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The seven cats of downtown Hastings

Sissy lounges on the keyboard of Second Childhood’s computer. (Photos by Lauren Siebenaler)

Tenants come and go in the living spaces above the downtown Hastings stores, and sometimes their little feline friends get left behind.

When they see cats in the stores, "people always say, 'ew, do these stores have mice?' No! They're all rescue cats and I think that's awesome," said Barb Hollenbeck, owner of Second Childhood.

As of now, there are seven cats who call the stores of downtown their home. Tenacious K's has two cats, Smokey and Furby, Berens Jewelry has Thomas, Secondhand Childhood has Slinky and Sissy, and Vintage Inspirations has Sofi and Elle.

"I haven't pet a cat in so long," said one customer at Second Childhood, "I just have to get a little cat snuggles in. She's very accommodating to all the people here."

The owners and workers of the downtown stores have taken in many cats over the years. When the recession hit in 2008, there was a peak in pets being left behind, all of which the stores found living arrangements for. There's always a search for the rightful owner after a cat has been found, but if no one reclaims them, the cats find homes with someone new.

"They couldn't find the owner of Sissy," Hollenbeck said. "My husband looked at me and said, 'they found the owner, and it's you!'"

All of the cats downtown are rescues in one way or another. Slinky and Sissy were found locally like the cats in Berens Jewelry and Tenacious K's. Teea Orner of Vintage Inspirations has found cats around her store as well, but also works closely with the Animal Ark and an organization named SCRAM (Stray Cat Rescue Associates of Minnesota.) Orner has fostered cats in her store and found many great homes for the ones that pounce through her door.

"Through SCRAM, I had a momma and three kittens in my store last spring," Orner said. "The organizations takes them, has them all fixed and all that type of stuff. When they were ready to be adopted, they take them to PetSmart and thoroughly screen adoptive parents. However, these cats never made it that far. Momma and the three were adopted right out of the store here."

"I was involved with the humane society when I had a store downtown," said Daryl Donath, who owned Peddler's Landing. "I would bring in cats for adoption. I had one cat until it got adopted free range like these cats. I did excellent adoptions and quite a few adoptions."

The rescue cats have made great pets over the years for the stores and adoptive families. Orner receives appreciative emails and texts from her past families that rave about their feline friends.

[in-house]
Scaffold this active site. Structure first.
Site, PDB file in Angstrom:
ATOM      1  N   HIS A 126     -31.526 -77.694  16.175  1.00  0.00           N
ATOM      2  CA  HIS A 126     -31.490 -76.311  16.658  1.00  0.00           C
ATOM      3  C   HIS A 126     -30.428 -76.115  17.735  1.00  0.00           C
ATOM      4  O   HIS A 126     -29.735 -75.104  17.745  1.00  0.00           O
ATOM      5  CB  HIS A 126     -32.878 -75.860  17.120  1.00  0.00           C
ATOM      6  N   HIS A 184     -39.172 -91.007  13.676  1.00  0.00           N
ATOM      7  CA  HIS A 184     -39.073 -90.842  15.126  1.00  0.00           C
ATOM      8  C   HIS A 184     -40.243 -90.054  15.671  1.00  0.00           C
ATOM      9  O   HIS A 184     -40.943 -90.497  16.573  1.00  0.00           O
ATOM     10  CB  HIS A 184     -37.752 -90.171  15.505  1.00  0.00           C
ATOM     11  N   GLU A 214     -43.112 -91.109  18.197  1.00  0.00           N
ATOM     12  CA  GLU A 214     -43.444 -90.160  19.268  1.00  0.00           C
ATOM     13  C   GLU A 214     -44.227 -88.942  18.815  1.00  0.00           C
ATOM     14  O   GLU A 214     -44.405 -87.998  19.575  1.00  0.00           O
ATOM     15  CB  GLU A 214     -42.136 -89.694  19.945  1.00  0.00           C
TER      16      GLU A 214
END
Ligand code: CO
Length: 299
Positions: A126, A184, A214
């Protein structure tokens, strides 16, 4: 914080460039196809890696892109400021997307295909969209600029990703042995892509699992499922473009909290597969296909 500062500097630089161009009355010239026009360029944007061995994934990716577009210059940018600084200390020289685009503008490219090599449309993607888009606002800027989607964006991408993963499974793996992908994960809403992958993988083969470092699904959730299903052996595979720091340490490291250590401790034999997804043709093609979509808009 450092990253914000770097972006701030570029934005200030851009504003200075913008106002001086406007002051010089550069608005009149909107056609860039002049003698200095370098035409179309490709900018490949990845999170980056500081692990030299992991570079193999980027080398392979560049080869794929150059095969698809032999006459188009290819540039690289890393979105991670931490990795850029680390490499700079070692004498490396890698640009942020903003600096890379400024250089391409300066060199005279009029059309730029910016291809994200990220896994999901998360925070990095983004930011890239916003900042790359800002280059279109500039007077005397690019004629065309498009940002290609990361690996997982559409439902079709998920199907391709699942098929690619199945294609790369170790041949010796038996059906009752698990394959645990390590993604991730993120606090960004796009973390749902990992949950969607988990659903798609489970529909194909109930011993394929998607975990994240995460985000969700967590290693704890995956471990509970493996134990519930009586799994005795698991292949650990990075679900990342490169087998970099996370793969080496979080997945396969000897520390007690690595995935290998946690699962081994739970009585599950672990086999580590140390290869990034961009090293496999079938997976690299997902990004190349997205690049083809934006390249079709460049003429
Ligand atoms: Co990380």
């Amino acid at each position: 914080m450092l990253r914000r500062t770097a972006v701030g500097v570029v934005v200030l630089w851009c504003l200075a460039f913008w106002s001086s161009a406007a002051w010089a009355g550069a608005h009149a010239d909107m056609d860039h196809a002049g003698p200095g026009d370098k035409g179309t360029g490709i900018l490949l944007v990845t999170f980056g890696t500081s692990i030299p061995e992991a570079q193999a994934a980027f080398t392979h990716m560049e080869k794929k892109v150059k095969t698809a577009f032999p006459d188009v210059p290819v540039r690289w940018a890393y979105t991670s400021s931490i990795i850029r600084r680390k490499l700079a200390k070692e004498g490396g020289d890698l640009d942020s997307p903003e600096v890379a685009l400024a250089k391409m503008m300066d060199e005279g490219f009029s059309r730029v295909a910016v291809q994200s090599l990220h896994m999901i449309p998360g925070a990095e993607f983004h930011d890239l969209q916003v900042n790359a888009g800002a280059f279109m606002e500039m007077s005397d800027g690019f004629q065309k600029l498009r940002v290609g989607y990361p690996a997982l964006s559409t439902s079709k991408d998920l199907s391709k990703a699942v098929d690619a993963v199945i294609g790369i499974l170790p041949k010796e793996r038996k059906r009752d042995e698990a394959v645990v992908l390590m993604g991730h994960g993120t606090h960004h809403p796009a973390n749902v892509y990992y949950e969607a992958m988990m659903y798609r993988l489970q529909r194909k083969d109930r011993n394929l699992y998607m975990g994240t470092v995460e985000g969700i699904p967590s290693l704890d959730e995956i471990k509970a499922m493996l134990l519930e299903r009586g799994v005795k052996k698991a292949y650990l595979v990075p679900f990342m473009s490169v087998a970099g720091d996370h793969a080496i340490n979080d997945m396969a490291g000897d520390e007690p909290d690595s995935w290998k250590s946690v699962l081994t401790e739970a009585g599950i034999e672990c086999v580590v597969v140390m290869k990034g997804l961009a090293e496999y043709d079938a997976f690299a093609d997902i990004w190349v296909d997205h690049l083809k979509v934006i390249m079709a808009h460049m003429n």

"I would say 97 percent of people love the cats in the stores," Orner said. "Elle likes to climb up on people's shoulders and go around the store with them. It's just so funny because everybody thinks that they're special because she does that to them. People carry her around the store with them and then ask to take them home."

Most of the customers enjoy the company of the cats, but it's the store owners who have been impacted the most by them and their journeys.

"We just lost one of our rescue cats," said Tony Berens, Owner of Beren's Jewelry and Tenacious K's. "Sixteen years ago, we found her in front of what is now Edward D. Jones. She was in a box with her eyes matted shut. Somebody just put her out there and she was going to die. My wife is sad about losing her, but we gave her 16 good years."

The cats have unique personalities and interesting stories telling how they got where they are. Thomas has Berens Jewelry to himself because he doesn't get along with other cats, and Sofi at Vintage Inspirations got her name because she was found in a sofa outside in the winter time.

"Sofi we found in the back alley behind Chrysalis," Orner said. "We figure she came from one of the apartment people upstairs. She was living in a sofa to stay warm because it was that polar vortex winter. So we took her in and I told Barb across the street that if anyone was looking for her, that we had her where she was warm, getting fed and being taken care of. Nobody came looking for her. So we've kept her! She was in rough shape."

"Slinky had to be named after a classic toy," Hollenbeck said. "He was left behind at the Riviera and the manager tried to give him a home and he jumped out of a second story window to be on his own. He has a wildness to him."

"You should see Thomas during the car shows," Berens said, "he's upside down in the windows, laying on his back with his tongue hanging out. What the people can't figure out is that he's snoring."

The three owners take pride in the forever homes they've provided for these pets and encourage their customers to make friends with the felines.

"You can come in and get a kitty fix any day," Hollenbeck said.

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